At the hearing, Jones presented an affidavit of residence, signed by Artis and Paul Herring, who lives at 195 E. Second St., Garland, stating that he lived at the Bladen Avenue residence from June 5 to July 26. After that time, upon the alleged harassment, he moved into the Second Street residence with Herring, according to Jones’ testimony.

Following the hearing, however, the board conducted an independent investigation, contacting Artis and requesting that he meet with the board. That was done on Friday, the day after the hearing, at which point Artis said he was unclear how he and his grandmother were involved in the situation. Lockerman asked him about the affidavit.

“The board members present were informed that Mr. Artis had never seen the affidavit before,” said Lockerman, “and that the proposed signature for him was not his signature. He stated he knew nothing about the matter other than that Jones requested he be allowed to park one of his vehicles in his yard for a few days.”

Artis said his cousin Jones never lived with him. Robinson had testified as much last week, saying she never rented to Jones and did not know him.

Smith testified he was very familiar with both the North Bladen Avenue and East Second Street residences, and that it was common knowledge that Jones did not live at the Bladen Avenue home at any time.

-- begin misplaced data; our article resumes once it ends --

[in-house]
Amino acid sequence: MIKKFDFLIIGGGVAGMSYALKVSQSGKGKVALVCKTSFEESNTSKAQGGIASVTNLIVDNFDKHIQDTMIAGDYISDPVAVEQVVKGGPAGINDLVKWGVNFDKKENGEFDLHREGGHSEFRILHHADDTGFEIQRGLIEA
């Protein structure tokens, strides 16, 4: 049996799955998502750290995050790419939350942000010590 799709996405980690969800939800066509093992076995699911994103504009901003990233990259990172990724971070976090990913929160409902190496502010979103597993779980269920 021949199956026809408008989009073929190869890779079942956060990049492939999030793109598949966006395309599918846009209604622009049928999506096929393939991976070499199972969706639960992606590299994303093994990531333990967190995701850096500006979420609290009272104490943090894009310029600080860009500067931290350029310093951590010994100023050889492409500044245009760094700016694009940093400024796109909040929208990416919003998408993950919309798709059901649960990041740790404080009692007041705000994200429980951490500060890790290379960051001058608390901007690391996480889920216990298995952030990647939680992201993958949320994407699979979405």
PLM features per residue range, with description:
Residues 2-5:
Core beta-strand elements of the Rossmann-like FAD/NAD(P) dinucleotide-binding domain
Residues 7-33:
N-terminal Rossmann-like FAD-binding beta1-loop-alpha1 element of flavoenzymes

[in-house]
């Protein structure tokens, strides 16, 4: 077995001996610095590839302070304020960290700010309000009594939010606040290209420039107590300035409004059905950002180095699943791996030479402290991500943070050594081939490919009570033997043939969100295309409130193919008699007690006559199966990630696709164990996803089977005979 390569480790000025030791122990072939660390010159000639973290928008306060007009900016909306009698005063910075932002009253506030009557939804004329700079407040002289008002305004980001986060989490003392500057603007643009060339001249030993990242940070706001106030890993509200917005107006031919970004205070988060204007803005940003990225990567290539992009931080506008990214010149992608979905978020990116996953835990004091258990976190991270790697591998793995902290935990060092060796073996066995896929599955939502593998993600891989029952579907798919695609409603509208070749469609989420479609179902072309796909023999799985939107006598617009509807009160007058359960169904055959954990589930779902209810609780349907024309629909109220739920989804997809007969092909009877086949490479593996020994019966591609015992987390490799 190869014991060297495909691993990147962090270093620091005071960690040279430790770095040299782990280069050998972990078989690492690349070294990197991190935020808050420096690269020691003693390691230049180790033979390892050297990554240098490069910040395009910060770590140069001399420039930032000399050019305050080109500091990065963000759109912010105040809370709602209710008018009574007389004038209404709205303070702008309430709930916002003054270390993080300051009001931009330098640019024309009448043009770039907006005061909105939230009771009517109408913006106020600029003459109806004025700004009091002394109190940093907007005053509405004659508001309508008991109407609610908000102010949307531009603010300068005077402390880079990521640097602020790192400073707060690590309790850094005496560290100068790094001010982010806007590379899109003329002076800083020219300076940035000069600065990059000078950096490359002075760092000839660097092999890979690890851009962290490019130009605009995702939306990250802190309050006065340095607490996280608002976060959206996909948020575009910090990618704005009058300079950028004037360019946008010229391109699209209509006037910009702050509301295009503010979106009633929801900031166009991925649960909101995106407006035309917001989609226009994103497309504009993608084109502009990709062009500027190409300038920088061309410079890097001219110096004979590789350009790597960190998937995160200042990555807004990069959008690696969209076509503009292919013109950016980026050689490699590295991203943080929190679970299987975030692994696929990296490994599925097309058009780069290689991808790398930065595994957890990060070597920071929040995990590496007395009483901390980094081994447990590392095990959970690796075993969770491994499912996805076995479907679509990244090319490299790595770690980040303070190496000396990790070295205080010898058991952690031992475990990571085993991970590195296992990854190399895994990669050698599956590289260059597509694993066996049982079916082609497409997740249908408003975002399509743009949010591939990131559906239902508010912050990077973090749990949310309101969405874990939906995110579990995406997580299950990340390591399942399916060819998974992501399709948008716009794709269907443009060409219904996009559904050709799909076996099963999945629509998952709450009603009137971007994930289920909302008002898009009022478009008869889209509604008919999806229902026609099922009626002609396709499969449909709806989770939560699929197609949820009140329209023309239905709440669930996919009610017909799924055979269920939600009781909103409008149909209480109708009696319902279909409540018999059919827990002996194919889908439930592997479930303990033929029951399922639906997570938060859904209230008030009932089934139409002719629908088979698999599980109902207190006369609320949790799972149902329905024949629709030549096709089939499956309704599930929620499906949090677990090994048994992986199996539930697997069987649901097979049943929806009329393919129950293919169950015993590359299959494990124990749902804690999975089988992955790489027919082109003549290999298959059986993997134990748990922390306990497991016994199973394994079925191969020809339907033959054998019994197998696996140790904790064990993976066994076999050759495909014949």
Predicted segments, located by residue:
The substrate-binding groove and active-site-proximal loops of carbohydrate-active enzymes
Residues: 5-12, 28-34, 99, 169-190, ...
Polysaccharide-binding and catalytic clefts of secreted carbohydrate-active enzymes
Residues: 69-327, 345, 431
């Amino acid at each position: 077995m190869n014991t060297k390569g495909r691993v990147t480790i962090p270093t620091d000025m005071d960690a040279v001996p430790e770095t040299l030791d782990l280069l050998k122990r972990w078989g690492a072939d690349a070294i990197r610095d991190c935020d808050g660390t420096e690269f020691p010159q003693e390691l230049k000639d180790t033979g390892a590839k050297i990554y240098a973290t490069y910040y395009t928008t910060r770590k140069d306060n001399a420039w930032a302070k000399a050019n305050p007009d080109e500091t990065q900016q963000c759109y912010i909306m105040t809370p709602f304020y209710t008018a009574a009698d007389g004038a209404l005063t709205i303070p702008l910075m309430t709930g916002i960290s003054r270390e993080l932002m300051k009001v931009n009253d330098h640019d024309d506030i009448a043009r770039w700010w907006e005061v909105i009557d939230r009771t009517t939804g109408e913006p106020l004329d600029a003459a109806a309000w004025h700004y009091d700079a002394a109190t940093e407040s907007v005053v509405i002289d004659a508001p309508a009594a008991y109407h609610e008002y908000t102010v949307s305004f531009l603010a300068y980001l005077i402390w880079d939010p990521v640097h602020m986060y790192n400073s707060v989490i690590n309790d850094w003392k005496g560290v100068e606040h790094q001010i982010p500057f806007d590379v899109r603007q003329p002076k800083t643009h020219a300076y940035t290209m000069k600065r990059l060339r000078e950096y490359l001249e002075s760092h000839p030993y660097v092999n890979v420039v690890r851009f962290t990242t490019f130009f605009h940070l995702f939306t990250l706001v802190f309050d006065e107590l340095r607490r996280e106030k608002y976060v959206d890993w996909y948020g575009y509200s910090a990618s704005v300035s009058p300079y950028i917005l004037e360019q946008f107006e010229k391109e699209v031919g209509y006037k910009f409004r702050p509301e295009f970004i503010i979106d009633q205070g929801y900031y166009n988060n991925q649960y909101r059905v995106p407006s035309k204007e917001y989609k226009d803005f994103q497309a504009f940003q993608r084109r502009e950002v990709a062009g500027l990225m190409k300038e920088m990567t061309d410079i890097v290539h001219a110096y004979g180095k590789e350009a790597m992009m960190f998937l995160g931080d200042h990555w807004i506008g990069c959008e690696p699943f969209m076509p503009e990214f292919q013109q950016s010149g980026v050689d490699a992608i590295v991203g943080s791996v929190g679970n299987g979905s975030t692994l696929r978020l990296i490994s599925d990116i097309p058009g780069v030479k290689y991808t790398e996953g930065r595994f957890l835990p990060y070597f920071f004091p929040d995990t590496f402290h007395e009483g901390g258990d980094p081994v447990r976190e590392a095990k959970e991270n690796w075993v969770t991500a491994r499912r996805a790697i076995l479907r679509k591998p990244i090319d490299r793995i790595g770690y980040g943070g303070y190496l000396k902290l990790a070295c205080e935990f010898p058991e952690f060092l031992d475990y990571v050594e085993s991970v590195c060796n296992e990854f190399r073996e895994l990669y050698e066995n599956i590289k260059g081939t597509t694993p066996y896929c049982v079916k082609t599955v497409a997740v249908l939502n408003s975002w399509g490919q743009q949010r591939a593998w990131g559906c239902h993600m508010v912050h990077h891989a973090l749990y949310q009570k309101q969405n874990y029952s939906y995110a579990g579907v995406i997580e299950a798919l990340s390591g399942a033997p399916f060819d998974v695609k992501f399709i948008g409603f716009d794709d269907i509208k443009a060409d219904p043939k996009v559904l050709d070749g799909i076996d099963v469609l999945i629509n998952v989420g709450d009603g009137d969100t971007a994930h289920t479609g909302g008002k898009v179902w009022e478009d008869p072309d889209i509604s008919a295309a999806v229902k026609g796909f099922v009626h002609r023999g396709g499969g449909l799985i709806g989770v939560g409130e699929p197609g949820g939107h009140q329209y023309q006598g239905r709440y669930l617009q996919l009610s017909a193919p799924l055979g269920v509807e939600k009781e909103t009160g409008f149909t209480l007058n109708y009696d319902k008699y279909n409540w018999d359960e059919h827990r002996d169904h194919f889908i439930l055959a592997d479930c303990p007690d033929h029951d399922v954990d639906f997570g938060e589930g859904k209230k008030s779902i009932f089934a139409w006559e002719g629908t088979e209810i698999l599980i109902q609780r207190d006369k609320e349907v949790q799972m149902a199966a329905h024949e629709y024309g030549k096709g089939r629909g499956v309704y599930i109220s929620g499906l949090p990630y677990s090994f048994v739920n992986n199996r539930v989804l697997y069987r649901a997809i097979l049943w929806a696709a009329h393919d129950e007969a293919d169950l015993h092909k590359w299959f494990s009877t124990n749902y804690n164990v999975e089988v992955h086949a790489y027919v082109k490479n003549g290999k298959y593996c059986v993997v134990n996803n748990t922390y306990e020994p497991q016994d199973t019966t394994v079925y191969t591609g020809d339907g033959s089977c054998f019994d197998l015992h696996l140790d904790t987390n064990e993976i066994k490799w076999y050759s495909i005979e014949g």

“It’s a known fact. He doesn’t live there,” Smith said last week. “Mr. Jones does not now, nor has he ever, lived in the town of Garland,” said Smith. “He lives at 230 Presidents Lane in Clinton. That’s where he pays his taxes, that’s where he gets his light bill. That’s where he lives.”

When Jones came into the Board of Elections to file, he was initially told he could not run because of the 230 Presidents Lane, Clinton, address. However, Jones said he had been staying at the Bladen Avenue address for close to two months, meeting the one-month residency requirement, and changed his voter registration to that Bladen Avenue address.